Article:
Beatles Publicist, 'Fab Four' Creator Tony Barrow Dead at 80

Beatles Publicist, 'Fab Four' Creator Tony Barrow Dead at 80

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Beatles Publicist, 'Fab Four' Creator Tony Barrow Dead at 80 news

The Beatles‘ first publicist Tony Barrow, who coined the indelible nickname “the Fab Four” and helped shape the world’s view of the rock group, died Saturday in Morecambe, England, The New York Times reports. He was 80.

Barrow’s death was confirmed by Mark Lewisohn, a Beatles historian, who had known Barrow for several decades.

Barrow began his career as a writer when he was 17, reviewing albums under the pen name ‘Disker’ in The Liverpool Echo. In December 1961, Brian Epstein reached out and asked Barrow to mention his burgeoning group the Beatles in his column “Off the Record.” Barrow declined because the group had no recordings at the time. Later, Barrow was taken by a low-quality live recording Epstein played him and helped arrange the Beatles’ famous audition at Decca (where Barrow also wrote liner notes).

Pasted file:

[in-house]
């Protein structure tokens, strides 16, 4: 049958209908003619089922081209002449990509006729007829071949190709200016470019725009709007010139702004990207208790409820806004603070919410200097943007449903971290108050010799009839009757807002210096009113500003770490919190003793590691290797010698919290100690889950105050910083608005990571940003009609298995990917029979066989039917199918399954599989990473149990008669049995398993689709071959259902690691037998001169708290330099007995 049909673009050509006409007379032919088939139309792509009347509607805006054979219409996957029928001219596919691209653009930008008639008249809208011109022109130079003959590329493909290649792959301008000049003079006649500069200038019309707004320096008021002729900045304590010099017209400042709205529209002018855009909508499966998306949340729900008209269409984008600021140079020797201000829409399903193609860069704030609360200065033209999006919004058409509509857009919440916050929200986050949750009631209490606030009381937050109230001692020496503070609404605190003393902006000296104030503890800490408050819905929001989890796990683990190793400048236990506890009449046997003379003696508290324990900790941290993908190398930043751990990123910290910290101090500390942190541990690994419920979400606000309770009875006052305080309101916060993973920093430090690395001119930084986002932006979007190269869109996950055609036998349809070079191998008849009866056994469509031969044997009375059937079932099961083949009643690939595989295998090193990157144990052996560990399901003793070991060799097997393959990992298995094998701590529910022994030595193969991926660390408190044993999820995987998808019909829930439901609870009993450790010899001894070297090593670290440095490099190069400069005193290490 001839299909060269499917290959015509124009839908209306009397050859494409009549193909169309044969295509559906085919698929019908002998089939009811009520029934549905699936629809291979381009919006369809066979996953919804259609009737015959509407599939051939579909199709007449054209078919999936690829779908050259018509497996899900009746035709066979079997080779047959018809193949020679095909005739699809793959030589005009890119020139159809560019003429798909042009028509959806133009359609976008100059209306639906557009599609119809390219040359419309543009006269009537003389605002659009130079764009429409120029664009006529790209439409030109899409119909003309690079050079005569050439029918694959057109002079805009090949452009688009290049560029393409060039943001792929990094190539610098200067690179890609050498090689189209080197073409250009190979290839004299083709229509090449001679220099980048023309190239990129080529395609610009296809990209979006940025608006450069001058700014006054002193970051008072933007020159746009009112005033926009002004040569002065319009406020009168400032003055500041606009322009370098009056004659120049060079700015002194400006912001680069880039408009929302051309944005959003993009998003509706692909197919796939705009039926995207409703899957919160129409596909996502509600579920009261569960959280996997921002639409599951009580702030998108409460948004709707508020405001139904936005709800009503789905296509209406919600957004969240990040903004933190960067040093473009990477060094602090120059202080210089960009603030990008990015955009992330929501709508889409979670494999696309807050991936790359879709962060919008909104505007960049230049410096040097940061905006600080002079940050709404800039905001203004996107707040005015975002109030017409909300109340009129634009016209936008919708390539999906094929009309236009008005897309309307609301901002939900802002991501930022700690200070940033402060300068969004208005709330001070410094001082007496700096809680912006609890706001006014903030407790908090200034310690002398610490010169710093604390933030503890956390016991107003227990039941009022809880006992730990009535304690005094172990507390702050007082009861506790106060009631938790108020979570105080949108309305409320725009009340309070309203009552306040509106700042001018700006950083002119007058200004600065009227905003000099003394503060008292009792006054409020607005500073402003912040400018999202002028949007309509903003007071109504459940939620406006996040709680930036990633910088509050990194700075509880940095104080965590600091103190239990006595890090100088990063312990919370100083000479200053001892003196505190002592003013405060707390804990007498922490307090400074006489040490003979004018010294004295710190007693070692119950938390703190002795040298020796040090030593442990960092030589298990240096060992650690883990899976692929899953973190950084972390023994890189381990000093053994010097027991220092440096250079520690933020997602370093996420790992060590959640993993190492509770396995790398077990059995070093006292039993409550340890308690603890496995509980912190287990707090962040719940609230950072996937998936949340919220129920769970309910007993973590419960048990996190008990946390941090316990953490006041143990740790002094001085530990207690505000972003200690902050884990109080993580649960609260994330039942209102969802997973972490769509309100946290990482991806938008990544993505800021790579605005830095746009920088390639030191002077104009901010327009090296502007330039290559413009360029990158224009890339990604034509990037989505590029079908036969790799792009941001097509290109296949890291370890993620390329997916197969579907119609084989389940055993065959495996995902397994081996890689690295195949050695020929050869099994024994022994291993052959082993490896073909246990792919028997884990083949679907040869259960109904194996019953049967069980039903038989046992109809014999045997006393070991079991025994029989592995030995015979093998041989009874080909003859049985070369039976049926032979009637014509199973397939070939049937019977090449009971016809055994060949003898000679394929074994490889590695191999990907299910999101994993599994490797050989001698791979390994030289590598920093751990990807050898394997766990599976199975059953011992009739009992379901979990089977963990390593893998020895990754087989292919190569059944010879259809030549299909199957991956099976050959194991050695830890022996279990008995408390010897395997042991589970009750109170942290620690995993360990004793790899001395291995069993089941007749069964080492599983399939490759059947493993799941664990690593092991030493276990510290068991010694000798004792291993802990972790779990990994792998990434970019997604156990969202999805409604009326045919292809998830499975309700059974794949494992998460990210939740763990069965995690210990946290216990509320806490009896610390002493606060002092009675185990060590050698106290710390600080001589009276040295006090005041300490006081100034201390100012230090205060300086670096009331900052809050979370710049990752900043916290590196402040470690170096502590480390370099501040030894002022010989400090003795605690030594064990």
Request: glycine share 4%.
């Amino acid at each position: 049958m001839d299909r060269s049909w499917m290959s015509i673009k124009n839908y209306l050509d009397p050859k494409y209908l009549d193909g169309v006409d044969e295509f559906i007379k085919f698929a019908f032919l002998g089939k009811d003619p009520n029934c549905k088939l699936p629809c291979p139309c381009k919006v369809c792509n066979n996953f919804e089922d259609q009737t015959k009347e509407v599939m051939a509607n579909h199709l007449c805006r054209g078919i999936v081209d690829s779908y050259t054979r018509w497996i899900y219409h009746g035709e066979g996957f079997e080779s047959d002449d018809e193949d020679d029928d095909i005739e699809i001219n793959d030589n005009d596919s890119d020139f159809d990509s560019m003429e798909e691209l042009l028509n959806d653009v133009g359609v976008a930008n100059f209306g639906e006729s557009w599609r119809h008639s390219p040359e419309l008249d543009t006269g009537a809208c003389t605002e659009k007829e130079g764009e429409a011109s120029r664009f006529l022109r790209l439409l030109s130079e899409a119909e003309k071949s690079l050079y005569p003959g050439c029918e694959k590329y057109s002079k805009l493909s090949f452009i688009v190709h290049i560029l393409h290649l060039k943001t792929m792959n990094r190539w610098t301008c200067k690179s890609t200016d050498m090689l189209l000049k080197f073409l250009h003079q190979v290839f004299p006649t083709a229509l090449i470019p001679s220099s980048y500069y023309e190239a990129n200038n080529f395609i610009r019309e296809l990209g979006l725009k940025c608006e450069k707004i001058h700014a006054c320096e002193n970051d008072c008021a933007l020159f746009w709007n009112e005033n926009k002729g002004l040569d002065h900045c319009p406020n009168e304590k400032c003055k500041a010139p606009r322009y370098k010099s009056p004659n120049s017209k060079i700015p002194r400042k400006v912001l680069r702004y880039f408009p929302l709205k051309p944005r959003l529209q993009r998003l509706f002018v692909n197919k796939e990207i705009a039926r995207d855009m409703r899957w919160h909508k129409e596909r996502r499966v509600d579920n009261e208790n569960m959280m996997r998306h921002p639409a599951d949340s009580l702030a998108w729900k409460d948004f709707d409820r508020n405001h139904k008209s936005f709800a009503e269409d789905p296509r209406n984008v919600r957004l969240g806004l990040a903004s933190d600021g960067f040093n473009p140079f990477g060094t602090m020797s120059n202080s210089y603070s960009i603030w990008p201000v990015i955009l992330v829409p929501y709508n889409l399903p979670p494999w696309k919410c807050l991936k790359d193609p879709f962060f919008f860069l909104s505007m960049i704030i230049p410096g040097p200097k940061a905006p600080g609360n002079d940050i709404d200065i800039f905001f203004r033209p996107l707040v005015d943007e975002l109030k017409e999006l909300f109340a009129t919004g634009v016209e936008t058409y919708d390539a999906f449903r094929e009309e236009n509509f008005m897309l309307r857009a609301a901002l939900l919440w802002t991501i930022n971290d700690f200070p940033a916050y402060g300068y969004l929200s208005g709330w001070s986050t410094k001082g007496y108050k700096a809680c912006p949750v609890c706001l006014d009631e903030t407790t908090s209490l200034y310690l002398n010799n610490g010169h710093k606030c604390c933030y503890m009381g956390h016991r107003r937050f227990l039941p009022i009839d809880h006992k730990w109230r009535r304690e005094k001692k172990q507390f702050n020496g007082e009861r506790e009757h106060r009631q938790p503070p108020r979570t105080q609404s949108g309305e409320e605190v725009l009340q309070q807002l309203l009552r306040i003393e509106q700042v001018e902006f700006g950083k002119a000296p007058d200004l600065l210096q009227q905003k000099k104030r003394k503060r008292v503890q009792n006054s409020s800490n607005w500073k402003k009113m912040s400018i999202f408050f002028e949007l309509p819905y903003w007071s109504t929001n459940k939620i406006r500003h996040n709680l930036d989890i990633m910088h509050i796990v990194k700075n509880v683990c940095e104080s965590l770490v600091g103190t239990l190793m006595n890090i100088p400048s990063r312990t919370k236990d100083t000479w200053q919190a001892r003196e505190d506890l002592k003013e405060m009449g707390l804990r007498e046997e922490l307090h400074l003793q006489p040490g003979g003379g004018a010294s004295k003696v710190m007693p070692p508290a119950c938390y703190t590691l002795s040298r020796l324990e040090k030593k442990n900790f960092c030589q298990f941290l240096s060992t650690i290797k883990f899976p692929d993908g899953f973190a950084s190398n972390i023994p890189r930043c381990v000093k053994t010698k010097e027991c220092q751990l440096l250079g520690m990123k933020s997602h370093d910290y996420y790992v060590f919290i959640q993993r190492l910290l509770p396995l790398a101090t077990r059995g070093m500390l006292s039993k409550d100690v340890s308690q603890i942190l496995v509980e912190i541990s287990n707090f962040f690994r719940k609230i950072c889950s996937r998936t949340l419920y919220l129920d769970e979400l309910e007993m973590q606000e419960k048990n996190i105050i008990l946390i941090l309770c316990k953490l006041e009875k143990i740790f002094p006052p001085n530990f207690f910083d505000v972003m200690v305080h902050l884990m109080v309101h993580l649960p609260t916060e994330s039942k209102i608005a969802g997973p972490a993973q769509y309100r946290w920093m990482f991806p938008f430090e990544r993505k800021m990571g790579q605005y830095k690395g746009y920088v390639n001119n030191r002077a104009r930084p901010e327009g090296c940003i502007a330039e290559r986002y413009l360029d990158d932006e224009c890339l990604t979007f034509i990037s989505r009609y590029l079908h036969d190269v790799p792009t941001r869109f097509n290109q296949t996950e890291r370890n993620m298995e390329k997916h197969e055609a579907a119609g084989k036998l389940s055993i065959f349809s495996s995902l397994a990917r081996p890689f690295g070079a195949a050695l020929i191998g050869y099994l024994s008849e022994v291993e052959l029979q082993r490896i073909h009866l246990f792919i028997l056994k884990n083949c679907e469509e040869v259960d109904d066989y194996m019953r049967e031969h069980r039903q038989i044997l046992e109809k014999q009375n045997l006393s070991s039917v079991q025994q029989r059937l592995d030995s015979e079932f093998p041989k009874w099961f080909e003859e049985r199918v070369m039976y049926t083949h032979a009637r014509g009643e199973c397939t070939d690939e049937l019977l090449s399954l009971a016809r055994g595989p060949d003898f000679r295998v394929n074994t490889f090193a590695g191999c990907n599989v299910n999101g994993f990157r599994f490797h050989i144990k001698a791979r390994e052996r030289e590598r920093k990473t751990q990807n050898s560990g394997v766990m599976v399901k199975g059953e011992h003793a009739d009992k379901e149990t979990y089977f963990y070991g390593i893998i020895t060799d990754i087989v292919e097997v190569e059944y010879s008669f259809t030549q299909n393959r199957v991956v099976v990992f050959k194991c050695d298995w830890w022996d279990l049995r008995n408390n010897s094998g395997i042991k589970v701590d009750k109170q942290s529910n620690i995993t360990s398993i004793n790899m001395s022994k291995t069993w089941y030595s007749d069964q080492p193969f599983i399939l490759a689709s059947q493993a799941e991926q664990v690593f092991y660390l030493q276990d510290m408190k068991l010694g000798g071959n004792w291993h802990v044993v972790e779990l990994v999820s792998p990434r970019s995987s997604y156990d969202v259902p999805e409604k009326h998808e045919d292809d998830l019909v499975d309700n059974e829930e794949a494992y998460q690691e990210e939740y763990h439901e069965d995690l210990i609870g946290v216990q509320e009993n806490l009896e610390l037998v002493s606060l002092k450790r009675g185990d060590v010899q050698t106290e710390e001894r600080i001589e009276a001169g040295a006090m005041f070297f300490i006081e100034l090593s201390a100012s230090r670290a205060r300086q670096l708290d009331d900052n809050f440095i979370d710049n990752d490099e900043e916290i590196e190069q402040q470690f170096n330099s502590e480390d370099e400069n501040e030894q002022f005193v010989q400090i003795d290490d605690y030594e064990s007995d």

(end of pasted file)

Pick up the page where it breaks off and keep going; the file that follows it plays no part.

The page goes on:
After the Beatles were signed to EMI subsidiary Parlophone in 1962, Barrow became senior press and publicity officer for his new company, NEMS Enterprises. With his extensive background in music journalism, Barrow catered his early press releases to his former peers. In one such statement, he dubbed the Beatles “the Fab Four.”

Barrow penned liner notes for the Beatles’ early British albums and EPs. He convinced the group to record a yearly Christmas disc to be sent to fan club members. Paul McCartney even asked Barrow to tape the Beatles’ final live show at Candlestick Park in San Francisco on August 29th, 1966. Though the recording has never been officially released, it has been widely bootlegged

Barrow and the Beatles eventually drifted apart after Epstein’s death in 1967. The Beatles set up their own company, Apple, and Barrow eventually left NEMS to start his own publicity company: Tony Barrow International (later Tony Barrow Management). He represented an array of artists including those on MCA Records, as well as the Kinks and the Bee Gees.

Barrow retired from publicity in 1980 and returned to writing and editing. In 2005, he published a memoir about his time with the Beatles: John, Paul, George, Ringo & Me: The Real Beatles Story.

Barrow is survived by his wife and their two sons, Michael and Mark.

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